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Course of Study

Core Courses (9 Credit Hours) [+/-]

Required courses:

  • 810 Major Debates in English Studies
  • 840 Empirical Research Methods and Project Design
  • 892 Dissertation Seminar

It is strongly recommended that students take 810 in their first semester of study as it provides an overview to the many subfields within the English Studies. Students should also take 840 early in their course of study whenever possible. Dissertation Seminar is taken during the student’s last semester (see more below).

Emphasis Courses (18 Credit Hours) [+/-]

Students will choose two nine-hour emphases from those described below.

Please note:

  1. Several courses appear in multiple emphases, but the same course cannot be counted towards the required nine hours in multiple emphases. (No “double-dipping” is allowed).
  2. An emphasis is defined by a minimum of three courses, but students are free to select additional courses from their emphasis areas as electives (see below, ELECTIVES).
  3. Students who choose the “Student-Designed Emphasis” as one of their two emphases MUST follow the process for defining it specified in the description below in order for courses they take to constitute an emphasis.
  4. Students may count only one “Student-Designed Emphasis” toward the requirement to complete two emphases. That is, all students must select at least one of the pre-defined disciplinary emphases described below, but all students may also design their own emphasis according to the process stipulated below.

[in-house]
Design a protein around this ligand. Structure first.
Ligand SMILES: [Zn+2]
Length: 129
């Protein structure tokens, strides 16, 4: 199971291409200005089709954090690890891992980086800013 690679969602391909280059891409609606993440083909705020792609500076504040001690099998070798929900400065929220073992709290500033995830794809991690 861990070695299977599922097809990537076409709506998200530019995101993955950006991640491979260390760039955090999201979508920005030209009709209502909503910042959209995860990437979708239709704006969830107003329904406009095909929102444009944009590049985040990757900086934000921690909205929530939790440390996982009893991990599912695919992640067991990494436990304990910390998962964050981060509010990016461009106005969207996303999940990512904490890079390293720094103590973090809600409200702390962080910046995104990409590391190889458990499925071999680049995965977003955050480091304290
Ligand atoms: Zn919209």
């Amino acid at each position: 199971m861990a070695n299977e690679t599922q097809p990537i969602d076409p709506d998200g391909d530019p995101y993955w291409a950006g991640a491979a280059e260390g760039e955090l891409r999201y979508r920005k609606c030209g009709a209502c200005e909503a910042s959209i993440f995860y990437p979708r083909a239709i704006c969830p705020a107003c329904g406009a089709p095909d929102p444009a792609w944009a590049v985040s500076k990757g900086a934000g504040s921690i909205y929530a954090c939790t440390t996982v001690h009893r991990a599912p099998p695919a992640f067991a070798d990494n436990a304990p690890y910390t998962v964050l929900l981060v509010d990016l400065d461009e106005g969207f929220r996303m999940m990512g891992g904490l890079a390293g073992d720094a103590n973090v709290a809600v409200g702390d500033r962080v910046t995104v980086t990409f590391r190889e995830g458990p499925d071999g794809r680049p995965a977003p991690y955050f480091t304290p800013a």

1. Literary and Cultural Studies
  2. The Literary and Cultural Studies emphasis will teach students to apply a range of interdisciplinary methodologies to the study of literature and other textually informed cultural practices. Although the emphasis includes courses offering intensive study of specific literary-cultural topics (such as Victorian Gothic or Women & Indian Film), the emphasis aims more to professionalize students as experts in the methods and critical traditions of literary, textual, and cultural interpretation than to credential students as specialists in particular literary-cultural periods. By the conclusion of their studies in this emphasis, students will be proficient in interpreting texts and cultural practices by critically employing methodologies that include:

    • Theories of Form, such as the technical protocols of scholarly editing and the physical description of manuscript and printed texts
    • Critical Theories such as New Historicism, Feminism, Queer Theory, and Poststructuralism
    • Cultural Theories such as Critical Race Theory, Mass/Popular Culture Theory, and Postcolonial Studies


    801 Texts and Technologies

    805 Discourse and Rhetoric across Cultures

    825 Scholarly Editing and Textual Scholarship

    830 Digital Humanities

    835 Postcolonial Literature and Theory

    864 Theories of Literature

    890 Seminar in Textual Studies

    891 Seminar in Literary Studies

    895 Topics Cultural Studies Theory and Practice

  3. Rhetoric, Writing, and Discourse Studies
  4. This emphasis prepares students for placement and advancement in careers centered on the history and theory of rhetoric, composition, writing program administration, workplace studies, and/or rhetorical and linguistic approaches to discourse and culture. It emphasizes how communications are composed, constructed, and produced as well as how they affect (inter)personal, social, cultural, and political situations. Possible areas of inquiry include:

    • Institutional assessment procedures for writing and critical thinking.
    • Writing practices and language use in a variety of educational, public, professional, and workplace settings.
    • The influence of cultural and disciplinary assumptions about language and language users upon rhetorical and linguistic choices.
    • The rhetorical constraints and strategies of underrepresented groups.
    • The historical development of theory, practice, and instruction in rhetoric and composition and professional writing.


    805 Discourse and Rhetoric Across Cultures